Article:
The Wicker Man: The Final Cut

The Wicker Man: The Final Cut

****1/2

Reviewed by: Jeff Robson

It regularly makes the ‘Top Ten Britflicks’ lists; it’s inspired a spoof musical; it was homage-d in Danny Boyle’s Shallow Grave and his Olympic opening ceremony; and it’s provoked an appropriately fanatical level of devotion among some of its admirers. But as its 40th anniversary prompts another spruced-up restoration doing the rounds prior to a bells-and-whistles DVD release, does the ultimate British cult horror movie stand the test of time? For someone who’s been a fan since a late-night ITV screening many years ago, but hadn’t revisited it for a while, the answer is a resounding ‘aye’.

This version restores a good five minutes or so, painstakingly tracked down and edited back in – the version you’re probably familiar with was the original UK release, trimmed down to fit in a classic Seventies double-bill with Don’t Look Now, which no doubt began many a teenager’s passion for cinema one rainy afternoon at the local Odeon. Hardy has gone on record as saying it “fulfils his vision”, though watching it again after a long gap, it seemed to me to make at least one key scene overlong and introduce at least one major character a little too early. But judge for yourself – the new scenes are easy enough to spot, as it looks as though the film’s been stored in a vat of oxtail soup.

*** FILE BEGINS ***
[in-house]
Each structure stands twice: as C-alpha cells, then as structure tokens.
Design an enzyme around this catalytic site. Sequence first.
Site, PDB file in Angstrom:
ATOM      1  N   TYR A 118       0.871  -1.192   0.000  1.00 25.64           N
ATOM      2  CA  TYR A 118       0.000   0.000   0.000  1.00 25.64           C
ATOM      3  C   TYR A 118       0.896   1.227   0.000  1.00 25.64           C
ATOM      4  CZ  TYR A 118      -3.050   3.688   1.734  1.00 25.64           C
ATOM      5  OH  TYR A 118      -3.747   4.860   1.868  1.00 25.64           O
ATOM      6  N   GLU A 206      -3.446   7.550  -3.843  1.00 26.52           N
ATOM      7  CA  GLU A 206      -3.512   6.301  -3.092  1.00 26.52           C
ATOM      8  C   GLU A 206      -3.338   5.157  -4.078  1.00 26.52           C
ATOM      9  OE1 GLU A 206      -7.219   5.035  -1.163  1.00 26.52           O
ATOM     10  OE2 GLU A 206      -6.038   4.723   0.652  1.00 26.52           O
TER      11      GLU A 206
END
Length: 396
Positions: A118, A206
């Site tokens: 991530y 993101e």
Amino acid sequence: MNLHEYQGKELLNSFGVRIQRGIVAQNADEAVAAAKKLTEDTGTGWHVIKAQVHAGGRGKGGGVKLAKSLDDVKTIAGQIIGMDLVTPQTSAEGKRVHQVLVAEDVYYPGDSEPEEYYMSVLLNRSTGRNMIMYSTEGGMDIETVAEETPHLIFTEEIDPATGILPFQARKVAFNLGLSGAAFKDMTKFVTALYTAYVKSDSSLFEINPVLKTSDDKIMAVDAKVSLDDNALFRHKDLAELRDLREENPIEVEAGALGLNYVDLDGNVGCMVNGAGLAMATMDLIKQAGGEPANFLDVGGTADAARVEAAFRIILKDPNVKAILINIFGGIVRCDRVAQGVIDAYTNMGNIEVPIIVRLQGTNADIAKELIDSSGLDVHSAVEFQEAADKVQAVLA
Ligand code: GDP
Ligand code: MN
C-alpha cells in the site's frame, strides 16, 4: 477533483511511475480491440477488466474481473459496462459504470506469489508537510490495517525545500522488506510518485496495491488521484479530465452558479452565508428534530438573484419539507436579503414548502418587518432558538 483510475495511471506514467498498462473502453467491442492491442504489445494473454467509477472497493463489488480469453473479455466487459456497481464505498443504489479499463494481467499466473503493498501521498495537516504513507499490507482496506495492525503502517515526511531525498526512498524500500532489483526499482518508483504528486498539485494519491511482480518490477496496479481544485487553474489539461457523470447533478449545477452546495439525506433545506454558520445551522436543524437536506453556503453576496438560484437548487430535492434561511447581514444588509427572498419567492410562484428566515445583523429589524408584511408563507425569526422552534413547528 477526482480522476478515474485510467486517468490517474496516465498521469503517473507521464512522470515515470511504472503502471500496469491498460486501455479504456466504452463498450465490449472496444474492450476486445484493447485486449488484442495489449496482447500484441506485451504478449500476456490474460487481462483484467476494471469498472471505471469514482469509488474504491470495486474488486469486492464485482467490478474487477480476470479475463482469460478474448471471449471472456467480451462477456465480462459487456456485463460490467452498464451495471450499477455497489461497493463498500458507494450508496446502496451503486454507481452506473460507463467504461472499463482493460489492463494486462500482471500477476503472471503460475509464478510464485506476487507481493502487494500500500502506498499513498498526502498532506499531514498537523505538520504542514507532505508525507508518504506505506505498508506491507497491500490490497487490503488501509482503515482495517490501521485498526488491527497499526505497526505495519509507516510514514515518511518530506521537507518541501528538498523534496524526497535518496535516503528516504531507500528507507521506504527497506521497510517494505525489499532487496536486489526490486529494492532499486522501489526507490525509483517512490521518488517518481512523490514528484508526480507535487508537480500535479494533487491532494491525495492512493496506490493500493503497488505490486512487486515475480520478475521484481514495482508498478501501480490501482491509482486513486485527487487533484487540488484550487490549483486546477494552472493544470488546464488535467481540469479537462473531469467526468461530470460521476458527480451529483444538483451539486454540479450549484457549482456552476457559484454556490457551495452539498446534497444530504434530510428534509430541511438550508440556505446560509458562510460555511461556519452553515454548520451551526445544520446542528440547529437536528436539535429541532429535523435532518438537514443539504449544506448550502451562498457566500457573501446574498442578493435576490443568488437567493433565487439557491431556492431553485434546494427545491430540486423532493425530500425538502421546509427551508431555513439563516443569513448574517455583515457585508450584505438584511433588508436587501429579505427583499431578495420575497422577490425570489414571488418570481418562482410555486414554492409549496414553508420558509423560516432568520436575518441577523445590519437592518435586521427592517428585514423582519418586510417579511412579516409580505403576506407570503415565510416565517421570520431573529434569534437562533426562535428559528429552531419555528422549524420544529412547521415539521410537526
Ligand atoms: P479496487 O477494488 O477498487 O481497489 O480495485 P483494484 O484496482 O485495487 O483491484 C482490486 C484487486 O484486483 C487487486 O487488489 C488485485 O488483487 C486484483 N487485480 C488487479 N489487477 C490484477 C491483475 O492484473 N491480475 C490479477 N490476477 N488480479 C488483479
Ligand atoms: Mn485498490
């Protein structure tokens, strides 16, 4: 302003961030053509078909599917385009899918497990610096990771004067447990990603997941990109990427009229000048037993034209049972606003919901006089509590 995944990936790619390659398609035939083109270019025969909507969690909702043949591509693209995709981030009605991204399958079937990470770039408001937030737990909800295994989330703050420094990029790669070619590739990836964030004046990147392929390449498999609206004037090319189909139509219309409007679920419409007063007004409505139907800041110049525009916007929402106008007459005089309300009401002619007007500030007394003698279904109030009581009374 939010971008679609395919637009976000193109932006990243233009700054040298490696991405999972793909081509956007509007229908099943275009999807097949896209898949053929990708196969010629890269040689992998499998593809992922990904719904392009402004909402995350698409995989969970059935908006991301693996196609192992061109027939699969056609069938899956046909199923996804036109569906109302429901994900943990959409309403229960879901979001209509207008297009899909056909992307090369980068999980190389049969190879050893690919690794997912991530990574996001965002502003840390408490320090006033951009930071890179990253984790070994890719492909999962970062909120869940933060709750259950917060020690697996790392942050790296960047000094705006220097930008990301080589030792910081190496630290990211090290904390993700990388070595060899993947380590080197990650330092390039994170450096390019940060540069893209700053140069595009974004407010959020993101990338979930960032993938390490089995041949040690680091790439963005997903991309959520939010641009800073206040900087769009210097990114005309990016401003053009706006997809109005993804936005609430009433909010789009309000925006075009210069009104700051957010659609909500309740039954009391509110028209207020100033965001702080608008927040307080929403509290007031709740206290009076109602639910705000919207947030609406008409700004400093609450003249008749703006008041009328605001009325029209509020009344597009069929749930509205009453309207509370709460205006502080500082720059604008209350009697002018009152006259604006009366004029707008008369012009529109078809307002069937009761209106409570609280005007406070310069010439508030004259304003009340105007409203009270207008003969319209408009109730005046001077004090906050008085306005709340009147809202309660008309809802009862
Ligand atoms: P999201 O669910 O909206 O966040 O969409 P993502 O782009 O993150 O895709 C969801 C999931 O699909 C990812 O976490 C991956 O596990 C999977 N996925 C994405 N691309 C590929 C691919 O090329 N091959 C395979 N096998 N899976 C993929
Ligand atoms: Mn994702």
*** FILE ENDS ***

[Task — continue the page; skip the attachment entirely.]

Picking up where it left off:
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And all this is of largely academic interest – it doesn’t severely blunt, and in some other cases enhances, the impact of a film that yields more with every viewing. As the opening credits unfold and Woodward’s Sgt Howie takes communion, surrounded by devout fellow churchgoers and his prim fiancée, like an Arthurian knight preparing for a quest in the wilderness, all the reasons why I love this film came flooding back.

The contrast, as his seaplane tracks through the huge, forbidding Western Isles landscape like a gull, and Celtic folk music by turns seductive and sinister plays on the soundtrack, is striking and potent. This isn’t the cosy Highland idyll of Ealing and Hollywood and when he lands to a reception of evasive hostility and sly cunning, the viewer feels as on edge and disorientated as he does.